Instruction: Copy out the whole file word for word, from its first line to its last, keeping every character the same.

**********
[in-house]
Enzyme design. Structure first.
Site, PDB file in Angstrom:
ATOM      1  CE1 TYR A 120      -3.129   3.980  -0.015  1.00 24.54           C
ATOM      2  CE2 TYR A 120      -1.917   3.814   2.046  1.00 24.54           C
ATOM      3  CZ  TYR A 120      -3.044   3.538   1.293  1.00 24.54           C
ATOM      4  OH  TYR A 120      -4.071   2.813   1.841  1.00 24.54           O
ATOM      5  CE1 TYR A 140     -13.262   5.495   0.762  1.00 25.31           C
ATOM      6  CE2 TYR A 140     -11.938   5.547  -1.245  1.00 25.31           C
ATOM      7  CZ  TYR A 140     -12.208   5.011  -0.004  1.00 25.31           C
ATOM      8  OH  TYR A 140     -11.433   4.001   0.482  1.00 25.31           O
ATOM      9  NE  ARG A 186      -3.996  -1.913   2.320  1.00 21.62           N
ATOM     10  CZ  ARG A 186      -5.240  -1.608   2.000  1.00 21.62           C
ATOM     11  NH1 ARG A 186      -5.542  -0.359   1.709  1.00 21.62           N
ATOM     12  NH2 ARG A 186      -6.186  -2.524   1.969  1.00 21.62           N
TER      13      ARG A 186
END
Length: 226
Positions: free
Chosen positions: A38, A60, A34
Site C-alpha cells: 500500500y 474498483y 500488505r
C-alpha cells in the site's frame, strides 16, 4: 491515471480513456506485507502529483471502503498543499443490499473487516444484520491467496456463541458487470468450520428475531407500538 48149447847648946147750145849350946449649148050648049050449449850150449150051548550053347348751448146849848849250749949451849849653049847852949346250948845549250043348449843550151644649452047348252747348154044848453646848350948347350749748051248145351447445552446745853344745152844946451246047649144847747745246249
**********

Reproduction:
[in-house]
Enzyme design. Structure first.
Site, PDB file in Angstrom:
ATOM      1  CE1 TYR A 120      -3.129   3.980  -0.015  1.00 24.54           C
ATOM      2  CE2 TYR A 120      -1.917   3.814   2.046  1.00 24.54           C
ATOM      3  CZ  TYR A 120      -3.044   3.538   1.293  1.00 24.54           C
ATOM      4  OH  TYR A 120      -4.071   2.813   1.841  1.00 24.54           O
ATOM      5  CE1 TYR A 140     -13.262   5.495   0.762  1.00 25.31           C
ATOM      6  CE2 TYR A 140     -11.938   5.547  -1.245  1.00 25.31           C
ATOM      7  CZ  TYR A 140     -12.208   5.011  -0.004  1.00 25.31           C
ATOM      8  OH  TYR A 140     -11.433   4.001   0.482  1.00 25.31           O
ATOM      9  NE  ARG A 186      -3.996  -1.913   2.320  1.00 21.62           N
ATOM     10  CZ  ARG A 186      -5.240  -1.608   2.000  1.00 21.62           C
ATOM     11  NH1 ARG A 186      -5.542  -0.359   1.709  1.00 21.62           N
ATOM     12  NH2 ARG A 186      -6.186  -2.524   1.969  1.00 21.62           N
TER      13      ARG A 186
END
Length: 226
Positions: free
Chosen positions: A38, A60, A34
Site C-alpha cells: 500500500y 474498483y 500488505r
C-alpha cells in the site's frame, strides 16, 4: 491515471480513456506485507502529483471502503498543499443490499473487516444484520491467496456463541458487470468450520428475531407500538 48149447847648946147750145849350946449649148050648049050449449850150449150051548550053347348751448146849848849250749949451849849653049847852949346250948845549250043348449843550151644649452047348252747348154044848453646848350948347350749748051248145351447445552446745853344745152844946451246047649144847747745246249